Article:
All of the other main characters except Lockwood advance the action in some way - the plot wouldn't be the same without them. But Joseph doesn't do nowt, as he might say. The nearest he comes is threatening to report Heathcliff's kicking the stuffing out of Hindley to Edgar the magistrate, a threat he is persuaded not to carry out. But he certainly has enough to say for himself throughout the novel - far more, you might think, than his actual narrative importance warrants, and some of it barely intelligible. What was Emily playing at?
My wife has suggested that it has to do with the impotence of religion. There are three religious strands running through this novel.
- "Conventional" (i.e. Anglican) religion. This is conspicuous by its absence. It isn't mentioned very much, and when it is, it's off-stage. We don't see any of the weddings (Hindley=Frances, Cathy=Edgar, Catherine=Linton, Catherine=Hareton, Heathcliff=Isabella). The vicar ceases to come to the Heights after Hindley's degeneration folloiwng his wife's death, and the attendance of Edgar's household at church at Gimmerton merely serves as an excuse for Heathcliff to visit his wife. No one prays or invokes God, as far as I can remember - quite unlike her sisters' novels. The characters' fates are entirely in their own hands. The church building is somewhat dilapidated, and has become more so when Lockwood returns in 1802. God and conventional morality are mentioned by characters, especially Nelly, as irrelevant responses to the "real" psychic and spiritual action of the novel - that between Cathy and Heathcliff.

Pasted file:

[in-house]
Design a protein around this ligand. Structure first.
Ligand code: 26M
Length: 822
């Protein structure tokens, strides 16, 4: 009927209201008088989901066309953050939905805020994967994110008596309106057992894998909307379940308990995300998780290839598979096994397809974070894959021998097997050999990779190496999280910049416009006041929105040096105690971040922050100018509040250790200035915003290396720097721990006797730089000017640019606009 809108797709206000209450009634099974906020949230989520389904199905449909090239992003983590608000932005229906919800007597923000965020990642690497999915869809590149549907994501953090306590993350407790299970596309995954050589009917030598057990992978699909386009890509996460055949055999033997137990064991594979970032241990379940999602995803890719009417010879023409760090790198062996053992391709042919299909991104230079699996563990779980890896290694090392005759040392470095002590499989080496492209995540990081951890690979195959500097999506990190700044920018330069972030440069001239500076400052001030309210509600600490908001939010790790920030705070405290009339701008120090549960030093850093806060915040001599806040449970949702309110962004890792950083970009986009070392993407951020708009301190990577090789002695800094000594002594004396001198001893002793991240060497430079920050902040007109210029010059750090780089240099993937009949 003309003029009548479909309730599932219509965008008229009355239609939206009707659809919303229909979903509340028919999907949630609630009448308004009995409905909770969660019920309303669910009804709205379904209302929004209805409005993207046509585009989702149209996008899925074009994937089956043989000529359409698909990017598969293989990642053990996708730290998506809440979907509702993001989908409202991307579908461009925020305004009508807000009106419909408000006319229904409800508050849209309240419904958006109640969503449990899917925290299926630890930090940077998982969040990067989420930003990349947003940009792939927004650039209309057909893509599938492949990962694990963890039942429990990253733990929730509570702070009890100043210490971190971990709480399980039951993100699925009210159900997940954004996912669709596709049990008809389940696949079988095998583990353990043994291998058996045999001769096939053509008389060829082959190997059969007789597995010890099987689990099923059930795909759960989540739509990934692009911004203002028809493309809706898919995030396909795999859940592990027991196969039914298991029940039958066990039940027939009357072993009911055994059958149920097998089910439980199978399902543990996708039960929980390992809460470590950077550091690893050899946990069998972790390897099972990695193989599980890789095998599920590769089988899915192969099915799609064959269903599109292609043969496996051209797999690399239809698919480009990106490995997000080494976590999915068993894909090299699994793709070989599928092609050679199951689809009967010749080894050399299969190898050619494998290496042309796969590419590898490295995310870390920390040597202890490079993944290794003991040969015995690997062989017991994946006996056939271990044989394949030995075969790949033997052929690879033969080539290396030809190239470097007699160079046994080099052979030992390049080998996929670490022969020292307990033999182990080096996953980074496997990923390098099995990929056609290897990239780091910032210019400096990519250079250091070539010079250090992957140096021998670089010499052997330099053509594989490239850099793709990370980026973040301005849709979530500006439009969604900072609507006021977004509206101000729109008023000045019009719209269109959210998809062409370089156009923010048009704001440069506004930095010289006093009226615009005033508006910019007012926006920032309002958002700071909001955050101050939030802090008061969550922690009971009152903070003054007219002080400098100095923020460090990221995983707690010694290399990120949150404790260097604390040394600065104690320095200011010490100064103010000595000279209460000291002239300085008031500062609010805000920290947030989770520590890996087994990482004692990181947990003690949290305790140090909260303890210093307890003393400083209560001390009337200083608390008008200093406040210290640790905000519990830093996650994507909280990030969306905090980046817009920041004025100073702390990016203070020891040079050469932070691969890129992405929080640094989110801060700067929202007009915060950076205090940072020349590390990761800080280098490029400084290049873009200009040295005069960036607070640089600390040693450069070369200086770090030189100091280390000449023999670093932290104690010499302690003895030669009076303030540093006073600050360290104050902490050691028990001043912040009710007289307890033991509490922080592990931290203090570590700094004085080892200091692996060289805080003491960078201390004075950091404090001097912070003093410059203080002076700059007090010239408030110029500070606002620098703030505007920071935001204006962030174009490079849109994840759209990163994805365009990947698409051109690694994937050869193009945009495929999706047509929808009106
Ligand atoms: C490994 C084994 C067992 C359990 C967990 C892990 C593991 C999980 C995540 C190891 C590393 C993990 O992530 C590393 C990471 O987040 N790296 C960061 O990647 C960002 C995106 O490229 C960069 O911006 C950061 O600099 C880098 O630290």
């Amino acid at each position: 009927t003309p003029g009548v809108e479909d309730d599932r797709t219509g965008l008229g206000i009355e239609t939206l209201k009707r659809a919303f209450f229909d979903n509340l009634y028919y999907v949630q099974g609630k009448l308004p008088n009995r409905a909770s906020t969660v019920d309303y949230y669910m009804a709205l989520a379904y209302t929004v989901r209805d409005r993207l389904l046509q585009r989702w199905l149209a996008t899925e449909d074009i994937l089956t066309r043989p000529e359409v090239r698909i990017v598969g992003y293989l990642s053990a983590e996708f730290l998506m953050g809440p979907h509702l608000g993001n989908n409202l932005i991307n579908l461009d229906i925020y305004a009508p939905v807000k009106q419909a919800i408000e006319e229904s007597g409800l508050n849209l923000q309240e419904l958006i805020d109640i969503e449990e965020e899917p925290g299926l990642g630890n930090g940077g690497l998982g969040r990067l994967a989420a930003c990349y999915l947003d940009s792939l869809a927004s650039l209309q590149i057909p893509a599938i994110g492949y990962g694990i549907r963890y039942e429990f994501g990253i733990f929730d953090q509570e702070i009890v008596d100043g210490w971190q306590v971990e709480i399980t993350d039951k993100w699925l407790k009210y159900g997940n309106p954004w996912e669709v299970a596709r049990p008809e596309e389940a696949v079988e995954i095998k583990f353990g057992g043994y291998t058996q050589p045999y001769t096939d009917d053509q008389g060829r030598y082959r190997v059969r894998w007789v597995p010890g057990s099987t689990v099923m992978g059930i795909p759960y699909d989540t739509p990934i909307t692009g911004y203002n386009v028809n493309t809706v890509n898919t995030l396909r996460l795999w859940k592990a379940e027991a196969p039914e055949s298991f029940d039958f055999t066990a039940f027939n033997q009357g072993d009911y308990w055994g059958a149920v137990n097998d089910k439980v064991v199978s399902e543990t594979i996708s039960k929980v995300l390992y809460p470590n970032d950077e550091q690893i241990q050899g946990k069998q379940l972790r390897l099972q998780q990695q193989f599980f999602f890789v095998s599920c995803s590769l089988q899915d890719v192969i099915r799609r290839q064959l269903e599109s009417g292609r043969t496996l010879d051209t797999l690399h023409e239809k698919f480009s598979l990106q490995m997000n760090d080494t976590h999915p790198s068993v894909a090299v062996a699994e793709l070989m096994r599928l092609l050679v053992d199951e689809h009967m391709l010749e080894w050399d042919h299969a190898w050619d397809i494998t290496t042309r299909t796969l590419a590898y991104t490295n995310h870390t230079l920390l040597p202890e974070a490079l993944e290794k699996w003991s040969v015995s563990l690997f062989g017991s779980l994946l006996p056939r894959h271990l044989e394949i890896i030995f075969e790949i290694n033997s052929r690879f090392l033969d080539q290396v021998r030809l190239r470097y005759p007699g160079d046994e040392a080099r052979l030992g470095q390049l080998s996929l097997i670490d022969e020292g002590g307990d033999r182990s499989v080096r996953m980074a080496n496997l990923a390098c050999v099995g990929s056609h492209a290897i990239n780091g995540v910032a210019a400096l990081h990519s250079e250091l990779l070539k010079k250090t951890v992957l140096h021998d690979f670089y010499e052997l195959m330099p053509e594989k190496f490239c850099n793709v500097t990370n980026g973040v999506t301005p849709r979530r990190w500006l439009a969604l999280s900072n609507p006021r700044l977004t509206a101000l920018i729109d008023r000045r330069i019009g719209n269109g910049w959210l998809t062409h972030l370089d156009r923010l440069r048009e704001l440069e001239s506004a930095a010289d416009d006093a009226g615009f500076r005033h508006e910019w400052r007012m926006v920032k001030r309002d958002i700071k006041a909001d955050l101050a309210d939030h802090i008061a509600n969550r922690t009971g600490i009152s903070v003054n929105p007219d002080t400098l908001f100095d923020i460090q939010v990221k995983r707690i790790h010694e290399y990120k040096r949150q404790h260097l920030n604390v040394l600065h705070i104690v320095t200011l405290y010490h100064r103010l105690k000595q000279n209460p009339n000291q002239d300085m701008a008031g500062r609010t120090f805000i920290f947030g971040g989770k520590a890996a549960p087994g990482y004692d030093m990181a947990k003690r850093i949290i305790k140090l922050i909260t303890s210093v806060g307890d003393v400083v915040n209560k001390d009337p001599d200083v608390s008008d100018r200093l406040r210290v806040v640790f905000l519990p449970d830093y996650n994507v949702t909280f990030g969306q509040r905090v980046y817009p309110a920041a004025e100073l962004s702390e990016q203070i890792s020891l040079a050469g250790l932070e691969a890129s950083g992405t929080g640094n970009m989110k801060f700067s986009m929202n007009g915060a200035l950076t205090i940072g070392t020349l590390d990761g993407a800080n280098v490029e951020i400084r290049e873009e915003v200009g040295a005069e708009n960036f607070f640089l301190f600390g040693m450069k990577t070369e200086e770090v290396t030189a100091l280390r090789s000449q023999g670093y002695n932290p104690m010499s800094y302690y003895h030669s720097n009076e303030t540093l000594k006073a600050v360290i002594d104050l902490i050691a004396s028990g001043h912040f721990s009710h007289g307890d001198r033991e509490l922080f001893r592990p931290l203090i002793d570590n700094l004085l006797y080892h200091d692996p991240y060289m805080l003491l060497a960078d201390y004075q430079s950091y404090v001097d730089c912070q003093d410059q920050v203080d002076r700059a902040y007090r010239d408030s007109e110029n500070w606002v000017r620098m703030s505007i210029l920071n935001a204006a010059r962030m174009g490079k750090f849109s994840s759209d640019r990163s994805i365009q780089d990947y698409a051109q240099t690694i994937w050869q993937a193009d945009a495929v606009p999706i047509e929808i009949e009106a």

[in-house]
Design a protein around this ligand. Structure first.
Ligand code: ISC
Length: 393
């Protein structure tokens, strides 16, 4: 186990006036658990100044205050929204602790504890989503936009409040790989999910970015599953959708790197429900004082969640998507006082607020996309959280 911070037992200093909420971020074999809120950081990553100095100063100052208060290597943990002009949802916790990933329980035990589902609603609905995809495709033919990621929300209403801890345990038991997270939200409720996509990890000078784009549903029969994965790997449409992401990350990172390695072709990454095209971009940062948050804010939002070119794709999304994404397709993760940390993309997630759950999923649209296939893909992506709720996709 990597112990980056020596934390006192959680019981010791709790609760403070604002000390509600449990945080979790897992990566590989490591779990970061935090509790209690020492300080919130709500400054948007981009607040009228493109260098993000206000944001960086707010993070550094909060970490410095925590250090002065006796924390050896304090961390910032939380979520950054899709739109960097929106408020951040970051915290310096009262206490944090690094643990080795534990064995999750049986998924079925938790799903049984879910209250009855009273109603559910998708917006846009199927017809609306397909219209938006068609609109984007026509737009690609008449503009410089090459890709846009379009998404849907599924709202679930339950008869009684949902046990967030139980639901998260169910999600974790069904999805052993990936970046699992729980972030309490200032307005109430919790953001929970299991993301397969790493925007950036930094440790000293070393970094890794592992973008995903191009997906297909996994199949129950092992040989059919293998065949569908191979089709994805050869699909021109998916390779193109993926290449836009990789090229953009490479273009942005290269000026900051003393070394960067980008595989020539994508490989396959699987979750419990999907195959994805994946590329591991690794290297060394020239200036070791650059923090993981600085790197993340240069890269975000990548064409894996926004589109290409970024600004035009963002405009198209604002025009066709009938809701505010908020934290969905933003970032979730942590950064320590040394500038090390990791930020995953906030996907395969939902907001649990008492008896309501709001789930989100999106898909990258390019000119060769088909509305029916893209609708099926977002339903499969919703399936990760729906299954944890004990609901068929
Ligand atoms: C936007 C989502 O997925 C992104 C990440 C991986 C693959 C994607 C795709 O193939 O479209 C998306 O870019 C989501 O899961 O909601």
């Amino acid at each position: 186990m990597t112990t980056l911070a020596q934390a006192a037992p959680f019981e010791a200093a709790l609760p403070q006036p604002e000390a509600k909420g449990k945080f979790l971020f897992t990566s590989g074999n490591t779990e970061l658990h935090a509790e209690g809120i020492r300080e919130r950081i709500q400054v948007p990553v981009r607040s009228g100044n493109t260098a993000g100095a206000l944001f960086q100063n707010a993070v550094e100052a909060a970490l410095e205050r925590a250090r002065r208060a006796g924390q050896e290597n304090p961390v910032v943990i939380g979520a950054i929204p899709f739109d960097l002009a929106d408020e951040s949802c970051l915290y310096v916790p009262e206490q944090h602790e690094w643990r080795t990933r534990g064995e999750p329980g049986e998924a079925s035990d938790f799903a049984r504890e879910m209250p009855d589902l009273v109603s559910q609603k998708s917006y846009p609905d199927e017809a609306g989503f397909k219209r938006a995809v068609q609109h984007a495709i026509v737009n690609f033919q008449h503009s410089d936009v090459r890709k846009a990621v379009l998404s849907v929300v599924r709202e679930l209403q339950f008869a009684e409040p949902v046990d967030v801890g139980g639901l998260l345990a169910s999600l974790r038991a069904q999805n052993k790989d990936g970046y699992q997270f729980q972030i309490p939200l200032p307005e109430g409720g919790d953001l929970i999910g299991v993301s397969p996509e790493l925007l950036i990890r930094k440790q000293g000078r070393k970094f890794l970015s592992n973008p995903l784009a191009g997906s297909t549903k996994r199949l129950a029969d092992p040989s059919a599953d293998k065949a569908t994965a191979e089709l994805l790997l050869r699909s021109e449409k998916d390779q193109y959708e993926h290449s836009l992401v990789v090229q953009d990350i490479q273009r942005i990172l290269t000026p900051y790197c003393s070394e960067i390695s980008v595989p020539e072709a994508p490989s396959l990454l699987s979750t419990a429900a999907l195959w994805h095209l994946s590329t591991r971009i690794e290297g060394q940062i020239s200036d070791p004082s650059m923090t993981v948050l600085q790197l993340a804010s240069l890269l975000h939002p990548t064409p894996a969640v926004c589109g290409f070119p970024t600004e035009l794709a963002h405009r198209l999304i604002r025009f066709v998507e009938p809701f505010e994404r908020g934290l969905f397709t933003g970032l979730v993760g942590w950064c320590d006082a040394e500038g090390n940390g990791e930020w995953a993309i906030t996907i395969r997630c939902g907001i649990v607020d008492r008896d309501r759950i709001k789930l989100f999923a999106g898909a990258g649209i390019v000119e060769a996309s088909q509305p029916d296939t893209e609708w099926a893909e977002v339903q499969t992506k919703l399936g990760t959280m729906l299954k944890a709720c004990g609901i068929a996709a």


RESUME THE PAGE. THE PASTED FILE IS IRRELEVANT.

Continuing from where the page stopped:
- Joseph's ranting takes up much more space than this. His brand of religion seems to represent the other extreme from the insitutionalised sort: the personal, emotionally committed type. But it has absolutely no effect on the novel per se. Basically, Joseph is your Shakespearean "full of sound and fury, signifying nothing", a quite deliberate strategy by Emily.
- The only "religion" that matters in this novel is the one involved in the union of Cathy and Heathcliff. You could, I suppose, read the novel on one level as the creation of religious vaccums which are then filled. Conventional religion is an off-stage cipher and personal, evangelical religion, while onstage in the person of Joseph, is meaningless and empty rhetoric. The novel fills this space with a new, amorphous "religion", a mystical union of two people in a "heaven" and "hell" that have nothing to do with their orthodox counterparts, being as they are entirely of their own making.
What do people think?